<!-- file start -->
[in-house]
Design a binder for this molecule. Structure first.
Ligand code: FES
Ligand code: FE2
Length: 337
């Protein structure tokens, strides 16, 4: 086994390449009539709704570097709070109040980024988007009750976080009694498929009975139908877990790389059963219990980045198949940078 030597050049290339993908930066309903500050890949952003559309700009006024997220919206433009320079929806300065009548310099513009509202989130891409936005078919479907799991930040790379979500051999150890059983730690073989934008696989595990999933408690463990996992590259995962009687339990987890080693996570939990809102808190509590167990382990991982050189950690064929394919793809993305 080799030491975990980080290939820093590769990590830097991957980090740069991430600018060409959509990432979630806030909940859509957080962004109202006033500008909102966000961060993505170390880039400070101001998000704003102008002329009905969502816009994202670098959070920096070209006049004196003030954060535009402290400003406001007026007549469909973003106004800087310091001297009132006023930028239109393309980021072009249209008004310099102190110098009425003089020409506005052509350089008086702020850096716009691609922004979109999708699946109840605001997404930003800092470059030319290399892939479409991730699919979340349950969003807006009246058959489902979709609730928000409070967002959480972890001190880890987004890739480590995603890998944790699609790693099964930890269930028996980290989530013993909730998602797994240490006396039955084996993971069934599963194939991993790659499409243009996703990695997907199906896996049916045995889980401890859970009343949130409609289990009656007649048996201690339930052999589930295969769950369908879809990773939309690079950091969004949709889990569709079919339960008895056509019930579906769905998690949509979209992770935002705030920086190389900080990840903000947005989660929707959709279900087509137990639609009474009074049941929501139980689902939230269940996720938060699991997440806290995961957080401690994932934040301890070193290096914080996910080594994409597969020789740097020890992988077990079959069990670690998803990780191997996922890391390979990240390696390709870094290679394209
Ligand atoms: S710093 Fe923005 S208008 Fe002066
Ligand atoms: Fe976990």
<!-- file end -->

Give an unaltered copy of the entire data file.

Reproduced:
[in-house]
Design a binder for this molecule. Structure first.
Ligand code: FES
Ligand code: FE2
Length: 337
């Protein structure tokens, strides 16, 4: 086994390449009539709704570097709070109040980024988007009750976080009694498929009975139908877990790389059963219990980045198949940078 030597050049290339993908930066309903500050890949952003559309700009006024997220919206433009320079929806300065009548310099513009509202989130891409936005078919479907799991930040790379979500051999150890059983730690073989934008696989595990999933408690463990996992590259995962009687339990987890080693996570939990809102808190509590167990382990991982050189950690064929394919793809993305 080799030491975990980080290939820093590769990590830097991957980090740069991430600018060409959509990432979630806030909940859509957080962004109202006033500008909102966000961060993505170390880039400070101001998000704003102008002329009905969502816009994202670098959070920096070209006049004196003030954060535009402290400003406001007026007549469909973003106004800087310091001297009132006023930028239109393309980021072009249209008004310099102190110098009425003089020409506005052509350089008086702020850096716009691609922004979109999708699946109840605001997404930003800092470059030319290399892939479409991730699919979340349950969003807006009246058959489902979709609730928000409070967002959480972890001190880890987004890739480590995603890998944790699609790693099964930890269930028996980290989530013993909730998602797994240490006396039955084996993971069934599963194939991993790659499409243009996703990695997907199906896996049916045995889980401890859970009343949130409609289990009656007649048996201690339930052999589930295969769950369908879809990773939309690079950091969004949709889990569709079919339960008895056509019930579906769905998690949509979209992770935002705030920086190389900080990840903000947005989660929707959709279900087509137990639609009474009074049941929501139980689902939230269940996720938060699991997440806290995961957080401690994932934040301890070193290096914080996910080594994409597969020789740097020890992988077990079959069990670690998803990780191997996922890391390979990240390696390709870094290679394209
Ligand atoms: S710093 Fe923005 S208008 Fe002066
Ligand atoms: Fe976990």